Sometimes I hear people saying that we are in a professional environment and that people are expected to do whatever they have been told to do, right?! Let me give you an example, that this does not work that way with humans. So, suppose that I am your boss. And now I will ask you to grab a pen en keep it in two hands just in front of your nose. Yes, just grab that pen… I will wait a second…

Now I will leave the room. So what will happen? … Most people will simply put the pen back on the table. Do you know why they do that? I believe they do that because they don’t see the benefit of keeping the pen in front of their nose and since their boss who ordered to do so (maybe you are afraid that you will be fired because of not following the orders) just left the room, no specific reason is left to keep it there, just in front of your nose. Actually I think that if a benefit would be attached to that action, like some award, you could have convinced yourself into keeping the just new learnt behaviour.

So quick wins look nice, though are not always the best thing to do. And how do you discover what might be a better solution? Actually, that question is quite easy: thinking about why you need it and what is takes to (hopefully) a good step in that desired direction. Therefore within the agile community, we always talk about outcomes, so what we have learnt about something we did differently. In my opinion, even a step that has moved you away from your goals, is valuable, since you have not learnt that the change you made, is most probably not the right one.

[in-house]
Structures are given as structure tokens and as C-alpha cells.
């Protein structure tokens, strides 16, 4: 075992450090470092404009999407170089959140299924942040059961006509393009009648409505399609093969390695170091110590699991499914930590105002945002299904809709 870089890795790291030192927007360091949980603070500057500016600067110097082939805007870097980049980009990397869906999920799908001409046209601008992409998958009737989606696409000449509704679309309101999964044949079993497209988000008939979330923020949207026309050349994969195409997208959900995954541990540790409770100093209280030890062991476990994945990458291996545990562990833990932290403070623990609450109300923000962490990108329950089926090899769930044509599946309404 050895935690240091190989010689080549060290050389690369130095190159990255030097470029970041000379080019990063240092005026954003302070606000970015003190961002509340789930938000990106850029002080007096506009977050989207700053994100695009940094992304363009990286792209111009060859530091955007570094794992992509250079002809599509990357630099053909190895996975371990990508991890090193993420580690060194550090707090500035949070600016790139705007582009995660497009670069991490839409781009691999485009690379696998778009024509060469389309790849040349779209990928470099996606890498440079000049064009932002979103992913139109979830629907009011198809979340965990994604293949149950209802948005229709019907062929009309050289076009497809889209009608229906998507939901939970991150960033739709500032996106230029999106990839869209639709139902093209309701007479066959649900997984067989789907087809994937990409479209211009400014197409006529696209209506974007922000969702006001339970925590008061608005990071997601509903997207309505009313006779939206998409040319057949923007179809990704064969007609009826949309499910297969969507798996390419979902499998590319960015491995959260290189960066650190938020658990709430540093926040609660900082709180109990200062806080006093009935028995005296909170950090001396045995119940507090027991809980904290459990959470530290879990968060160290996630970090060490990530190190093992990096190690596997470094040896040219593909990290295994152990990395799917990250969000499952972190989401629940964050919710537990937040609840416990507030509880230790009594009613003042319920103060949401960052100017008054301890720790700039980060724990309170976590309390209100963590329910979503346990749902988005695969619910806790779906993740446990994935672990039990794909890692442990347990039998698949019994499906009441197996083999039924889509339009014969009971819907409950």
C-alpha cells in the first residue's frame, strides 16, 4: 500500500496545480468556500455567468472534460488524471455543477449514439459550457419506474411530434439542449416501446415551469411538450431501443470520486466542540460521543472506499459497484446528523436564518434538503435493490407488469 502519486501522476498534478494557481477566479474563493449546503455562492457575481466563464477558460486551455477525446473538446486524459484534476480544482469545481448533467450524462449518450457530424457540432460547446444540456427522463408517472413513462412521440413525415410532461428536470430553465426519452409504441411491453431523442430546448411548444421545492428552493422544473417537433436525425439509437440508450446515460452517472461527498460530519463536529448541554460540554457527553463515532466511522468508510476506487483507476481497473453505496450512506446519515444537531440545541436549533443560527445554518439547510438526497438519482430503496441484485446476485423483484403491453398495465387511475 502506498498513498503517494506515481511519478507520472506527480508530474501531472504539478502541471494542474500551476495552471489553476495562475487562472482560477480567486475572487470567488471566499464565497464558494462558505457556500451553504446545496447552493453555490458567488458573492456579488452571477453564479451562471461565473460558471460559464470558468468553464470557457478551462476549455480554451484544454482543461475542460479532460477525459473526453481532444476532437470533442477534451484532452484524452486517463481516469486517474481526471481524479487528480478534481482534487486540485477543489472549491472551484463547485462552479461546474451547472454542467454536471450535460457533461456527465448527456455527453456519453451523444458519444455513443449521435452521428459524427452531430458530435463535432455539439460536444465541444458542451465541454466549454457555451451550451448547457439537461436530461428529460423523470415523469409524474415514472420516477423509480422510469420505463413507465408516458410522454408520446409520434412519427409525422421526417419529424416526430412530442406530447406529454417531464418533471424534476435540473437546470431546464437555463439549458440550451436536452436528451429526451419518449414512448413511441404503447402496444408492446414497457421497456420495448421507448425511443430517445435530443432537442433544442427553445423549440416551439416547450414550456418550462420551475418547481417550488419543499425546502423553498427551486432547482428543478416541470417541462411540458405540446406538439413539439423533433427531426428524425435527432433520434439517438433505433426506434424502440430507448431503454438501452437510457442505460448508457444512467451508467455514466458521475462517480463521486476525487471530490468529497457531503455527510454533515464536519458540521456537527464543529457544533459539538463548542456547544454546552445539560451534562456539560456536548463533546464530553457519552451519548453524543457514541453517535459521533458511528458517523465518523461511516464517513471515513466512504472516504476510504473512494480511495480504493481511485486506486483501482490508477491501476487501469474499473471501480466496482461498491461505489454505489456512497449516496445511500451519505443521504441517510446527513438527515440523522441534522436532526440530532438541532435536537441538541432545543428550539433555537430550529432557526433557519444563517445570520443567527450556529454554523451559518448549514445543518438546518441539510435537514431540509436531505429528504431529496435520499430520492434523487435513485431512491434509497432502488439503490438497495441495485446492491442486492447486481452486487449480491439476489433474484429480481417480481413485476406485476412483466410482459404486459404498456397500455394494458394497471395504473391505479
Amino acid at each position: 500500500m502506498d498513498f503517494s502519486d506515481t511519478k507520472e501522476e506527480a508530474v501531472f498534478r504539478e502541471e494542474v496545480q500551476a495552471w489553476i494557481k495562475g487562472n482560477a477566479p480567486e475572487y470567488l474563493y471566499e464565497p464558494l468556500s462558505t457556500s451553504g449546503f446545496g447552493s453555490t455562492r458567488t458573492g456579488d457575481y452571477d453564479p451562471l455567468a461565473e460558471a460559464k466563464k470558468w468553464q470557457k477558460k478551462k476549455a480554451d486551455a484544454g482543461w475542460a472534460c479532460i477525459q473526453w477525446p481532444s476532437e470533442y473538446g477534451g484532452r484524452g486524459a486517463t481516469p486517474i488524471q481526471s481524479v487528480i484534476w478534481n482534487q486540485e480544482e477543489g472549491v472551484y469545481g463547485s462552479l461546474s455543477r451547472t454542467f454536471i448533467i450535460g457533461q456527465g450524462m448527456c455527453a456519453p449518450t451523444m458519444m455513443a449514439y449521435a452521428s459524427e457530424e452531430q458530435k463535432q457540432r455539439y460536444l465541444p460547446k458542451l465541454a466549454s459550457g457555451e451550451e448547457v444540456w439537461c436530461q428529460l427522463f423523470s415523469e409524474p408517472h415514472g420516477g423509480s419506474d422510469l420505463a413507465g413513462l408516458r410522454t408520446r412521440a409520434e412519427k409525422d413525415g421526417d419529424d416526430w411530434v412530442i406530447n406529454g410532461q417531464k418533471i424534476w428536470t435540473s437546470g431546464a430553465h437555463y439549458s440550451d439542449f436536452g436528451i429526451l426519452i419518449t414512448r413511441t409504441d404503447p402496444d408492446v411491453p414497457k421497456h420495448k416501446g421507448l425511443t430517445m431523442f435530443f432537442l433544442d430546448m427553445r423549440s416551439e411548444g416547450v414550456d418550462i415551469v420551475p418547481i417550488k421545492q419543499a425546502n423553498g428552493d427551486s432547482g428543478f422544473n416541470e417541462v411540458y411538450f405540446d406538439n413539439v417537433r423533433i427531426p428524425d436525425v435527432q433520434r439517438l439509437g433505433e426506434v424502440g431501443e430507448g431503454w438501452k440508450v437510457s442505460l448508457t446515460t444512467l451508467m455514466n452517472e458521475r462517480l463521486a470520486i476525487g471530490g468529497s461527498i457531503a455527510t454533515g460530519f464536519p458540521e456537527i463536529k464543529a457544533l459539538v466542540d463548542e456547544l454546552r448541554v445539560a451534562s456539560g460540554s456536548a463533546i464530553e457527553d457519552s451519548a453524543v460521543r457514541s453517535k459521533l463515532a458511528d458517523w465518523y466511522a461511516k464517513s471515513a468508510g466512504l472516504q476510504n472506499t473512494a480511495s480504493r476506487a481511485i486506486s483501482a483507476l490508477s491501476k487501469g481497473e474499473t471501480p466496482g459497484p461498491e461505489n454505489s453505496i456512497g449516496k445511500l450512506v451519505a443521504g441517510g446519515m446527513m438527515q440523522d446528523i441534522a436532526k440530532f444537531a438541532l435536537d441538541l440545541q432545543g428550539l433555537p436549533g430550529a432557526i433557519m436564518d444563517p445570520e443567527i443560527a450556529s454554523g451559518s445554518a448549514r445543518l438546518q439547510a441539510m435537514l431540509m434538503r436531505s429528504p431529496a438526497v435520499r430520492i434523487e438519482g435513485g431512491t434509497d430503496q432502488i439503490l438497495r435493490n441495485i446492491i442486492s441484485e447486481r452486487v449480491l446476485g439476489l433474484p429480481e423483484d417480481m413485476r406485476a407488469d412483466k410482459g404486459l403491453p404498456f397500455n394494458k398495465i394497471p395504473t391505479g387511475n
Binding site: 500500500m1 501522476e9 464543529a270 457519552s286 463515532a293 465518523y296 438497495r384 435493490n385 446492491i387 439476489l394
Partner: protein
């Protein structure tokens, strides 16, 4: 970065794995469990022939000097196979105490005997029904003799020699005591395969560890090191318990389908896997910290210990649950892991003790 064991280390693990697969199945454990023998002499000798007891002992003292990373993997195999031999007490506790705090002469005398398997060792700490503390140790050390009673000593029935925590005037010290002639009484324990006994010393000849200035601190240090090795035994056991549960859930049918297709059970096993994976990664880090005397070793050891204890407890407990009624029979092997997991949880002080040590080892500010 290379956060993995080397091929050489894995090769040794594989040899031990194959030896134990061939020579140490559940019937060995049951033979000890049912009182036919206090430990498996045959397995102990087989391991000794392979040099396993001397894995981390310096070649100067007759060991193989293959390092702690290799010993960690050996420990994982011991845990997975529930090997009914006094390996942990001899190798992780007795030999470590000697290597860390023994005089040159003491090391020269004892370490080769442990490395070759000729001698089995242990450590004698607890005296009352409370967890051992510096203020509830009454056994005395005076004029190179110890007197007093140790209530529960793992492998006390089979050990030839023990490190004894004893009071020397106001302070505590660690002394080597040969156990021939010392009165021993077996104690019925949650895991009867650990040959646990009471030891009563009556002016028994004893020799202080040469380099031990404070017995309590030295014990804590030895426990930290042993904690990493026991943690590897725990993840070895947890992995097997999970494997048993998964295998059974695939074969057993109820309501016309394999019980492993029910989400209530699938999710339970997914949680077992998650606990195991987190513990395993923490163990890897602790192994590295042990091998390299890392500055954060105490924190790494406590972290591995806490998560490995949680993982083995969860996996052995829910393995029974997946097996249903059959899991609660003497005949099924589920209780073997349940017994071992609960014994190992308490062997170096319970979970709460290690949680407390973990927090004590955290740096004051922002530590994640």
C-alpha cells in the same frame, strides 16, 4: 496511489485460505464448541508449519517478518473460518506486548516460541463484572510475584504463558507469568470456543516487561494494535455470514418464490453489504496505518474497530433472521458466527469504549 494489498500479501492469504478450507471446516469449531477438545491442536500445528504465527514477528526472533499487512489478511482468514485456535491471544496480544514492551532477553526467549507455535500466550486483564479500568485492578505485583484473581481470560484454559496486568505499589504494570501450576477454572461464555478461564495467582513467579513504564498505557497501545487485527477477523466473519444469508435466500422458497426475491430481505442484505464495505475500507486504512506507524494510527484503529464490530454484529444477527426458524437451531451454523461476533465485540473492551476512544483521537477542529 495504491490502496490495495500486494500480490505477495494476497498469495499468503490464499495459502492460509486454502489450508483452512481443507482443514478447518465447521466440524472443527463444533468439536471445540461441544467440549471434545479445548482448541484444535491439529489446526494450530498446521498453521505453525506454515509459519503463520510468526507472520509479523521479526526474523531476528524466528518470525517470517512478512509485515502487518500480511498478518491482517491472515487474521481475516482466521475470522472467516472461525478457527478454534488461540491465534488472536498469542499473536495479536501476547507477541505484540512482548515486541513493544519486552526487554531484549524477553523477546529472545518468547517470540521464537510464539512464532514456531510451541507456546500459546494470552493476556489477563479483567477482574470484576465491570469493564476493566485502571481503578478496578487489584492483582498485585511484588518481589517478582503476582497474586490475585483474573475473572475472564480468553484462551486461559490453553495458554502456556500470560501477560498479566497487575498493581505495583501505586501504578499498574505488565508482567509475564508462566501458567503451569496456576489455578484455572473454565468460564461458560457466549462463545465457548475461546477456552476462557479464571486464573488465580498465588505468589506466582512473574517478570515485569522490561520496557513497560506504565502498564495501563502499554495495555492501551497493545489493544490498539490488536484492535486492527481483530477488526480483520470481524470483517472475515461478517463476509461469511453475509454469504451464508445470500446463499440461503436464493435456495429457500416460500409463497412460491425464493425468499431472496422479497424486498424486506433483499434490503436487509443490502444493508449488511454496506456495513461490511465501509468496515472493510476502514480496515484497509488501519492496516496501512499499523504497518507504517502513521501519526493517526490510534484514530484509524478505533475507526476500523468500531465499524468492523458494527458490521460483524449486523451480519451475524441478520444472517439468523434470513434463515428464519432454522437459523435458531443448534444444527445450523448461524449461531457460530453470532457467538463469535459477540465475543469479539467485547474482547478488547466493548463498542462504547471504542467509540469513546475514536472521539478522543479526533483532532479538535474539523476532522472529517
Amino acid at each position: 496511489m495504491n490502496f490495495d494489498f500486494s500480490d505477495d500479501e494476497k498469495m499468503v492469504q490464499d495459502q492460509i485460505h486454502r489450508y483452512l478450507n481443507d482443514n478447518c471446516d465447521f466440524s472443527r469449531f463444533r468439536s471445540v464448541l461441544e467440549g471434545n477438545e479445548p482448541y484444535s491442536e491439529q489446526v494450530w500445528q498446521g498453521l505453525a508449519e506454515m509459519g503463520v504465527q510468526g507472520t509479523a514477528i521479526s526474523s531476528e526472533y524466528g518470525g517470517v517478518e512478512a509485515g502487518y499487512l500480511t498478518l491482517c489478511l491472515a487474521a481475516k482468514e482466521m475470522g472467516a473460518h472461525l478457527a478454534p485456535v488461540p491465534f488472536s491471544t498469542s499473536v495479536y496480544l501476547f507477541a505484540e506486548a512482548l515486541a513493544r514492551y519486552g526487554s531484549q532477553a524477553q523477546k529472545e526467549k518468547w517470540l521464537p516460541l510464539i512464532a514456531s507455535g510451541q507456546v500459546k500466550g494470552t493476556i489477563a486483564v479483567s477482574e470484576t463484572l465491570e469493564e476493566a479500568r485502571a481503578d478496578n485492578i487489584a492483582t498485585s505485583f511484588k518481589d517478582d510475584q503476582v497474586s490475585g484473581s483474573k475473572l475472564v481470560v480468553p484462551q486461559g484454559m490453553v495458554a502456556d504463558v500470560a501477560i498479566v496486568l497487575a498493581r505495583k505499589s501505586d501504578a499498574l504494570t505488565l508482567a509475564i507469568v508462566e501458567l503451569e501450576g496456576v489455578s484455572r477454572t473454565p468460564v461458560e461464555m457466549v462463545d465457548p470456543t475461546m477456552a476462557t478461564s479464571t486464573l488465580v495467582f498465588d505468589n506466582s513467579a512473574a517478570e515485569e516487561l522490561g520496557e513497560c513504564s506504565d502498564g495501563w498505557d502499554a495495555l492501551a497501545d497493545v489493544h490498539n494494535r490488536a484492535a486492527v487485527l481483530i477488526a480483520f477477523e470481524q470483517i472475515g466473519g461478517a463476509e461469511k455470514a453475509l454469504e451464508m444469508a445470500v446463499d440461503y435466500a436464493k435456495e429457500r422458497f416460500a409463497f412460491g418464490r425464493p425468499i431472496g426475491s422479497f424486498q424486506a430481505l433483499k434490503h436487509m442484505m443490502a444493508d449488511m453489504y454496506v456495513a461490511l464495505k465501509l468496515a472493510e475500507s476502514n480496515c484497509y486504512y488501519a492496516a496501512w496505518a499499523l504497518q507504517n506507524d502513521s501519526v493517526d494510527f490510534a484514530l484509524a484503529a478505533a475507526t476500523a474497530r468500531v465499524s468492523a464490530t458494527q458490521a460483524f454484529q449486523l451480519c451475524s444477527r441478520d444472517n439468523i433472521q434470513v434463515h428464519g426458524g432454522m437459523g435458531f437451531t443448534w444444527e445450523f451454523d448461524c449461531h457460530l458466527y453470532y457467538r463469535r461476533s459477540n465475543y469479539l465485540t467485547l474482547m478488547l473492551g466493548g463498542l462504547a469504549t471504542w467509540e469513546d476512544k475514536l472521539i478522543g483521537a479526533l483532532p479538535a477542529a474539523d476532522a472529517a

Using this approach has however a drawback: it looks to be a lot slower than the approach of quickly providing answers and solutions. I actually challenge that kind of statements by stating that I preferably help in getting more sustainable and valuable answers slowly than not changing anything at all quickly.

So the learning here is that it is relevant to ask yourself (and others!) to why we need something (our goals) and what is needed to get there, just before jumping into how to get there. Many of the techniques or frameworks in our agile world can be valuable, if they are used as a way to solve the right problem.

My statement is that human beings are complex. And that systems of humans beings (like teams, departments, companies) are even more complex. So the awareness evoked from the example before takes some time to evolve. It happens a lot though that such issues arise, in which you will find out that your client, it may be the whole company, or just a bunch of teams or even a single team, is simply not ready to change.

And of course I could have done some things differently. Even if you are strong in exploring some solutions already before really adequately tackling the problem, people may focus on that one aspect only. Think about not just offering a training, or just individual coaching as in my case. Even with the right intent (it is just an offer), it may be interpreted quite differently, since expectations are not always clearly expressed.

What is your take on that?

Did you ever run into a comparable situation? And you want to exchange? Just explore a bit through my website and just contact me.